OPINION17 August 2015

Surveys and ‘the swipe’


What can the research industry learn from dating app Tinder? Quite a lot, actually.


The ‘swipe’ gesture, made so popular by Tinder, is an action – or perhaps it’s even become a reflex – that market researchers at large need to adapt to, and fast. The swipe is fast becoming a universal gesture of refusal or acceptance. From a research perspective, it’s also an extremely efficient way to get people to consider and provide feedback on a large volume of content. And the responses can be enhanced through a combination of what the app already knows about the respondent and additional information captured via their mobile device. So what are we waiting for?

Design surveys with, not for the medium

Online survey providers are continually battling with the challenge of being responsive and offering a great user experience, regardless of the how and where the survey is completed. This is but the latest hurdle – for many years the industry’s number one preoccupation was with creating a range of versions that could be optimised for use on different devices.

Yet while the research industry has been busy adapting content to fit the medium, other, more innovative (and perhaps technologically-advanced) industries have focused on designing their content with the medium. Tinder’s swipe is just one such example – gestures of all kinds are increasingly common and complex on connected devices – from ‘scrolling’ to ‘pinching’. Indeed, there are many apps the research industry could learn from, and respondents and clients would thank us for doing so.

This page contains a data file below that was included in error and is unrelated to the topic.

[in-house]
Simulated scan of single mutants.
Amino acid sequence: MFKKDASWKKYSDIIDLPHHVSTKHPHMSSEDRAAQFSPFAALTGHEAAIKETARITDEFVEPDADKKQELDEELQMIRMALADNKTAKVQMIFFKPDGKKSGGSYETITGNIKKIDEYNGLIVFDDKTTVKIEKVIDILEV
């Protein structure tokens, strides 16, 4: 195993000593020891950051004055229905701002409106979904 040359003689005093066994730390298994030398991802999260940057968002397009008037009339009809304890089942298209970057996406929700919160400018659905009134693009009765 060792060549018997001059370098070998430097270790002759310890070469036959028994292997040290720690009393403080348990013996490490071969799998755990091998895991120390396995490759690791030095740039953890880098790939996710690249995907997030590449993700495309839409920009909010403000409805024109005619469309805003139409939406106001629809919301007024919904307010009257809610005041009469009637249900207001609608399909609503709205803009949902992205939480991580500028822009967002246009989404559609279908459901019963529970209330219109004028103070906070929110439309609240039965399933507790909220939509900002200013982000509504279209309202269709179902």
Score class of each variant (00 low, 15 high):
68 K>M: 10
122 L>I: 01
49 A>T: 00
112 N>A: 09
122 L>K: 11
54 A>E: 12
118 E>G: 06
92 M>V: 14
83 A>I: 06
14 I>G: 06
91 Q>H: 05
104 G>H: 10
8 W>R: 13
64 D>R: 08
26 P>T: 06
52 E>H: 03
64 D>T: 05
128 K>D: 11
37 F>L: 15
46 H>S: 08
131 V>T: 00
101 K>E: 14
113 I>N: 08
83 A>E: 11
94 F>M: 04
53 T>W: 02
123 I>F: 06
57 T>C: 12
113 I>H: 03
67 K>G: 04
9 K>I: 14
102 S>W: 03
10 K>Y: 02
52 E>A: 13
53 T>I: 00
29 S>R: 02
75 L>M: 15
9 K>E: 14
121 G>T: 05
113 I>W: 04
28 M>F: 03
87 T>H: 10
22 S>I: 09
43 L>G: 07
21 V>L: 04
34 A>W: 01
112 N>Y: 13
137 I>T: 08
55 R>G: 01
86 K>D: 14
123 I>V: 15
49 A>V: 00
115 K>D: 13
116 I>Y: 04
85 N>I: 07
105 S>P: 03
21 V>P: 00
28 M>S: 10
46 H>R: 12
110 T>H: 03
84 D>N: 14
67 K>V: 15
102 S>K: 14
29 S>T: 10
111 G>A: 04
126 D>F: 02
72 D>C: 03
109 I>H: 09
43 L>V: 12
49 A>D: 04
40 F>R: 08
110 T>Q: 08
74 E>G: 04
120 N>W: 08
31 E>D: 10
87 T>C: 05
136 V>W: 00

The swipe has earned its place in the researcher’s toolkit

Respondents are all too often burdened with overly complex and weighty surveys that take an onerous amount of time to complete. This commonly results in fatigue (on all sides), which can impact the results. We need to do more to meet consumers’ expectations and solicit their opinions in a way that is both intuitive and habitual. For instance, if we want to find out what consumers think about a range of logos or provide their responses to a range of attitudinal questions, we must present them in a familiar way that enables respondents to process those decisions quickly.

Given its penetration and acceptance among consumers, there is a strong argument that the swipe has earned its place in the researcher’s toolkit. Someone taking part in an online survey on their smartphone will expect to be able to swipe through images rapidly in just the same way as they do when using other apps.

As an industry we’re always looking for ways to improve. Incorporating the swipe – and other gestures on connected devices – provides a new way to present a wealth of content to a more attentive and engaged audience. It’s one way we could learn from other industries and start with the technology rather than the survey.

Andrew Wiseman is MD of ICM Unlimited



7 years ago

Can you imagine an entire survey based solely on responses that were swipes? Instead of a grid, you right and left swiped each answer. All yes or no questions were right and left swipes. No more 5 or 7 or 9 point scales, just two point yes/no answer swipes everywhere. Do you think response rates would increase? I do. I think this would be awesome. And thanks for mentioning not designing surveys *for* mobile. Surveys should be designed to work effortlessly, regardless of the device, which we know will be completely different five years from now. Want to parallel test your mobile and desktop surveys? Well, you'll be parallel testing for the next fifty years. Swipe on!

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7 years ago

The key point Andrew makes about using familiar behaviours and habits is important for researchers. However, as a left-hander, I seem to intuitively want to swipe in the opposite direction to right-handed people. Perhaps you would need to allow a handedness setting. Any other left-handers out there who can comment?

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6 years ago

We built it! The All Swipe, No Type Survey we call the Swurvey. Check us out. https://www.swurveys.com

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